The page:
Walk #102: Taunton to Langport
Map of the walk
Maps courtesy of Google Maps. Route for indicative purposes only, and may have been plotted after the walk. Please let me have comments on what you think of this new format. For a detailed table of timings for this walk, please see the table file.
A nice walk that was slightly spoiled by an enforced late start and an oppressive heat that caused me to start becoming dehydrated.
The campsite in Langport is absolutely marvelous - it has a bar on site which, as well as providing the usual alcoholic beverages, also provides massive meals. My plate for a fry up was piled deep with more food than I could possibly hope to eat. Even with someone as voracious an appetite as mine could not hope to manage it all. The other faculties on the site are equally nice.
Fortunately I have what should be two easy days to follow, so I shall set off at about nine tomorrow morning, which will hopefully mean that I will be able to get into Glastonbury sometime after 13.00, which will give me all afternoon in which to explore the town.
I have suffered from a slight rash on the inside of my thighs that is causing me slight inconvenience - I have treated it as normal with some Vaseline and shall repeat the treatment in the morning, so hopefully everything will be okay.
It is nice finishing a day's walk and being able to cross off yet another leg of my Land's End To John O'Groats walk. As of today I have only five legs left to do before I have finished the entire English section of the walk. This gives me a really nice and satisfying feeling, indeed a sense of accomplishment of a scale that I have never really felt before.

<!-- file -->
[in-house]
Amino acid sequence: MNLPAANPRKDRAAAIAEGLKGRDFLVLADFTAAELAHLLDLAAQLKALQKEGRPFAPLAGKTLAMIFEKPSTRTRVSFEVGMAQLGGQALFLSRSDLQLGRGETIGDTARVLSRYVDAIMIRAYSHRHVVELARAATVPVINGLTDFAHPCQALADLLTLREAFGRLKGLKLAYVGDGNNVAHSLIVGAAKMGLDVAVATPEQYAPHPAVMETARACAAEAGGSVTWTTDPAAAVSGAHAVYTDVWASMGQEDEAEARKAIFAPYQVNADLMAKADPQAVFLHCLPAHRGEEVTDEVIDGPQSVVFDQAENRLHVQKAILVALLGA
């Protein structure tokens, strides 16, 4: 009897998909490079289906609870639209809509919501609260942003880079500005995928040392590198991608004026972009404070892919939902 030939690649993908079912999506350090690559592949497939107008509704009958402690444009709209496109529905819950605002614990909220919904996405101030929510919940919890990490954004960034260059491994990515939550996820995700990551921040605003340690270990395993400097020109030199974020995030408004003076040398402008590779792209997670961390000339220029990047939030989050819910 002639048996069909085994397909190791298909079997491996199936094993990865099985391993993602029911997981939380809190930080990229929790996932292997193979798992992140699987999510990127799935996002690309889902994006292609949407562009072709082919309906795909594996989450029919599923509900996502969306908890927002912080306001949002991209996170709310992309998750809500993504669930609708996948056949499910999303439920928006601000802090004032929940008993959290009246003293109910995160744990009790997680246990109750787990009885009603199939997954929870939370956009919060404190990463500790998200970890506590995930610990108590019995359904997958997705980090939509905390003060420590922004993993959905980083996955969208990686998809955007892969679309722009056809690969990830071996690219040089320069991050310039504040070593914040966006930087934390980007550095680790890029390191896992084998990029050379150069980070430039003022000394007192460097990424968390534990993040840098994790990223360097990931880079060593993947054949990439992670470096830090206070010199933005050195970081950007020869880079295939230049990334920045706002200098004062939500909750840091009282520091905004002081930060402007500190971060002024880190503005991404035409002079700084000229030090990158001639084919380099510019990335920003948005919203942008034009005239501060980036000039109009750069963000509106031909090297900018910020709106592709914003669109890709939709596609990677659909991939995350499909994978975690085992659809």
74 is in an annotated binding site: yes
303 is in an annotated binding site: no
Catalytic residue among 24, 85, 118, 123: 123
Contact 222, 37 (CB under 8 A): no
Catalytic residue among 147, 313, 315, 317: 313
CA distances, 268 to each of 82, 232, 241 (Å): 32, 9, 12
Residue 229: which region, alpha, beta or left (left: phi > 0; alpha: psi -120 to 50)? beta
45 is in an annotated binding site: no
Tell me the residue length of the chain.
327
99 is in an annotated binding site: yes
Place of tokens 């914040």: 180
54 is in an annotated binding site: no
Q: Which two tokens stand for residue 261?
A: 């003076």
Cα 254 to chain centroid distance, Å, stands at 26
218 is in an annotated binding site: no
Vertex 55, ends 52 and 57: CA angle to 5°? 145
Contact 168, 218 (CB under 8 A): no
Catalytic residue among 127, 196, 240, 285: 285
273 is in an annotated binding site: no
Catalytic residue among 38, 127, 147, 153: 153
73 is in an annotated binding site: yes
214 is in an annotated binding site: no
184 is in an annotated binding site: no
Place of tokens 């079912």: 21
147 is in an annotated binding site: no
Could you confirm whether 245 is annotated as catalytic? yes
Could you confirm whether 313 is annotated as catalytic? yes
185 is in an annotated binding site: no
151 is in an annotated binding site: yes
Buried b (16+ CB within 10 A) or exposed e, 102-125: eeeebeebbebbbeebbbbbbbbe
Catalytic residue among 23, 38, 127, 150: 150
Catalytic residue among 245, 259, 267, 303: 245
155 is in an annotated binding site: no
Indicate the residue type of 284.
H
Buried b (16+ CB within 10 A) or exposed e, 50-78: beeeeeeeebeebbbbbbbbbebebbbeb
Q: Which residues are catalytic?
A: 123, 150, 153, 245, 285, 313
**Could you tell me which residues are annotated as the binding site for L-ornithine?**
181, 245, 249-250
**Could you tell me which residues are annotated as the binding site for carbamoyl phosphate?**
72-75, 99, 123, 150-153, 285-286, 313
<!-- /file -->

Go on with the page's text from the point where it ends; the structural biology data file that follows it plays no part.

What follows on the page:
Some lovely views were available at certain times today - from the hill near North Curry the Quantocks should be see to the northwest. There were also nice views available from the footpath between Aller and the Bowdens campsite.
There were plenty of pubs en route today, allowing plenty of refreshment opportunities. I had a quick lunchtime break at a pub beside the church in Stoke St Gregory, which allowed me to take on some extra fluid on what was a very hot day.
At various points of the walk between North Curry and Meare Green footpaths had been blocked by electric fences, meaning that I had to divert from the footpath or even clamber over or under them. In one case the fence was actually strung about five feet away from a stile.
As usual on the first day I found my pack to be rather heavy, although I expect this to be far less of a problem tomorrow as my shoulders and back get used to the weight.